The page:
Young Investors: Buy These 3 Stocks Right Now to Turbocharge Your Retirement Plans

A DRIP can help you overcome capital limitations and grow a sizable stake in dividend-paying companies, so the payouts are substantial when you start cashing out your dividends.

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Path to retirement

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“Starting as early as possible” is a good rule of thumb for many things in life — especially investing. The sooner you start, the more time you will have to learn from your mistakes and grow the right investments to a decent size. Even though it’s not always a linear trajectory (with your portfolio growing as a function of time), in most cases, more time can give you more investment opportunities.

That’s why young investors are encouraged to start investing as soon as possible. If you start in your 20s, you may have around four decades to grow your retirement savings to a massive nest egg (with the right stocks).

A DRIP, or dividend-reinvestment plan, is also a powerful tool for young investors to develop an income-producing asset for their retirement years. Plenty of great investments can help you turbocharge your retirement plans, especially if you start early.

A bank stock

If you choose an investment from Canadian bank stocks, it’s difficult to go wrong with the pack’s leader: Royal Bank of Canada (TSX:RY). Apart from being the largest bank in the country by market cap and in a few other categories, it’s also a compelling stock for both its dividends and growth potential.

It grew by about 109% in the last decade, and if it continues to grow this way, you can expect your capital in this bank to grow substantially in a few decades. As a Dividend Aristocrat, it has been increasing its payout for the last 12 years and currently offers a decent 4.1% yield.

If you invest $10,000 in the bank, you can generate about $411 a year in dividend income, which is enough to buy at least three new stocks of the bank (for reinvesting).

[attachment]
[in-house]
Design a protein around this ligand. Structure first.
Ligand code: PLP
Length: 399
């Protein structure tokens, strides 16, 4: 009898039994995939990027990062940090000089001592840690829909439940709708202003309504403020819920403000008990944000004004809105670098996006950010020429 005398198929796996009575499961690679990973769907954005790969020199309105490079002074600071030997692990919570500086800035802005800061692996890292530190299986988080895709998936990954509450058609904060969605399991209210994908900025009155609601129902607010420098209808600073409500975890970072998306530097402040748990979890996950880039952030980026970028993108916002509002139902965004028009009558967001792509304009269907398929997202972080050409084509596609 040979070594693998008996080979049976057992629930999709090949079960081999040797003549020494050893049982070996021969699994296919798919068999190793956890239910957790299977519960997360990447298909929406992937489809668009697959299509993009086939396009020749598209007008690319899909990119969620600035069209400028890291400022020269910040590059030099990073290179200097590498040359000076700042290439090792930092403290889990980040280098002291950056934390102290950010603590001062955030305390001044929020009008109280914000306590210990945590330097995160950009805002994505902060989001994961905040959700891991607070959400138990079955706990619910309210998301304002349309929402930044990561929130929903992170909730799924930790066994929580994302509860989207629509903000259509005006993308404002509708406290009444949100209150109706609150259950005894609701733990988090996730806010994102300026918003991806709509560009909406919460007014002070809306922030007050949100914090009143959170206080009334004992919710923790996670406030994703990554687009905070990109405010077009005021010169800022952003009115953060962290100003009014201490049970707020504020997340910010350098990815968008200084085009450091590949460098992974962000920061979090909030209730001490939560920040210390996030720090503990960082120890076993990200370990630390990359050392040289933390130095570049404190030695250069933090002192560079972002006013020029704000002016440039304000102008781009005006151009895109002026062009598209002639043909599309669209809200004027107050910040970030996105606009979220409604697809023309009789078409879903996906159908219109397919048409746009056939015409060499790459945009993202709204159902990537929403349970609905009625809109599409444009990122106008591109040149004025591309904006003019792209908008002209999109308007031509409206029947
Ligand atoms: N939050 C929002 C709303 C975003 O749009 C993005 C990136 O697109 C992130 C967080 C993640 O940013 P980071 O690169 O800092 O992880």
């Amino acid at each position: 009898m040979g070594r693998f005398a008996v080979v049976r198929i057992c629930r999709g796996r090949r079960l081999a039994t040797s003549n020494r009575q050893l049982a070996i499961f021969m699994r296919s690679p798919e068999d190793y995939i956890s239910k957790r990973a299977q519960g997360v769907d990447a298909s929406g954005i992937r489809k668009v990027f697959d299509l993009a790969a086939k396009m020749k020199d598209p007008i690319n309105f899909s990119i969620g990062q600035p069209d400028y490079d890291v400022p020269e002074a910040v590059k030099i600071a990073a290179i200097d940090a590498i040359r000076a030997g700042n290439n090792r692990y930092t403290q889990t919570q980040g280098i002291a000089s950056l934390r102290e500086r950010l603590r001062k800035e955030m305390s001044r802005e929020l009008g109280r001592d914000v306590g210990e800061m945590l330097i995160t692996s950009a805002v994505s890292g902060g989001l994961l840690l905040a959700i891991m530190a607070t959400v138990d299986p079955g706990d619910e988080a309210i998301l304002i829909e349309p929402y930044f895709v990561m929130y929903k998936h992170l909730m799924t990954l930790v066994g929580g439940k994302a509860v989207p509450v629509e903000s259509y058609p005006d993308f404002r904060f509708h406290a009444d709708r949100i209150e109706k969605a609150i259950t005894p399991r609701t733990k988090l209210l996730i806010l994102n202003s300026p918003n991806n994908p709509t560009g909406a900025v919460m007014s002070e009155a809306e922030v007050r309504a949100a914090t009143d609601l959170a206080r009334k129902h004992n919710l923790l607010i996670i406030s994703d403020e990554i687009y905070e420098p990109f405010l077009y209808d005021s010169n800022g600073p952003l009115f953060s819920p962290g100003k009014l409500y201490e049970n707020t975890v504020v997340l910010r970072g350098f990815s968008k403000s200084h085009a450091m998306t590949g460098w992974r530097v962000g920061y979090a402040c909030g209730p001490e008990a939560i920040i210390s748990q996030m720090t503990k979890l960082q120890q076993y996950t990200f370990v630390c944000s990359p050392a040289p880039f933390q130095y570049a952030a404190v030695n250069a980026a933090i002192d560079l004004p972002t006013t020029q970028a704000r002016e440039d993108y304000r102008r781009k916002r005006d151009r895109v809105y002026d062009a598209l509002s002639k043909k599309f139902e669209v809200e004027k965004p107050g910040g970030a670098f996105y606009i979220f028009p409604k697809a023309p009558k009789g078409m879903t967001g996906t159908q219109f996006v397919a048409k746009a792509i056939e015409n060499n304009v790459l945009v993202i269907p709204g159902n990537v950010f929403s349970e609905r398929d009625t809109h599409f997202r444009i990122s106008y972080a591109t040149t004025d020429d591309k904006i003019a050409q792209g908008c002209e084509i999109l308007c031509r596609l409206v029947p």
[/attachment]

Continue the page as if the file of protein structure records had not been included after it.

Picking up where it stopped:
A consumer staples stock

Metro (TSX:MRU) is another well-established Dividend Aristocrat in Canada that has raised its payouts for about 28 years. The dividends are steady and reliable, based on a relatively evergreen grocery and medicine business. The yield is relatively low at 1.65%, but the growth potential of Metro stock offsets it.

It has grown by about 245% in the last decade. At this pace, the company can double the capital you invest every five years, assuming it keeps growing at this pace.

Another reason to buy this stock for retirement is its steady performance and resilience against weak markets. The stock was one of the quickest to recover after the 2020 crash, and this resilience may serve you well during a long-term holding.

An insurance company

If you are looking for a healthy combination of steady growth and dividends, Sun Life Financial (TSX:SLF), as an investment choice, resembles the Royal Bank of Canada quite a bit. It has risen by about 125% in the last decade and currently offers a juicy yield of about 4.6%.

But its stock price makes it an even more attractive choice for DRIP. It’s currently trading at about $62.5 per share, and with $10,000 in the capital, you can generate enough cash to buy about seven new stocks of Sun Life.

Its stability as a company and a potential long-term holding comes from its leadership position in the life insurance space and a relatively diversified business model. It has three revenue streams and an impressive global presence with offices in 28 markets, including mature and emerging international markets.

Foolish takeaway

Your retirement planning doesn’t have to be overly sophisticated to help you accumulate a decent amount of wealth by the time you retire. The three stocks, all from different industries (diversification), offer a healthy mix of growth potential and dividends.

If they continue to offer returns to their investors, as they have in the past, they may help you turbocharge your retirement funds without the need to manage your portfolio actively.

This article represents the opinion of the writer, who may disagree with the “official” recommendation position of a Motley Fool premium service or advisor. We’re Motley! Questioning an investing thesis — even one of our own — helps us all think critically about investing and make decisions that help us become smarter, happier, and richer, so we sometimes publish articles that may not be in line with recommendations, rankings or other content.

Fool contributor Adam Othman has no position in any of the stocks mentioned. The Motley Fool has no position in any of the stocks mentioned. The Motley Fool has a disclosure policy.

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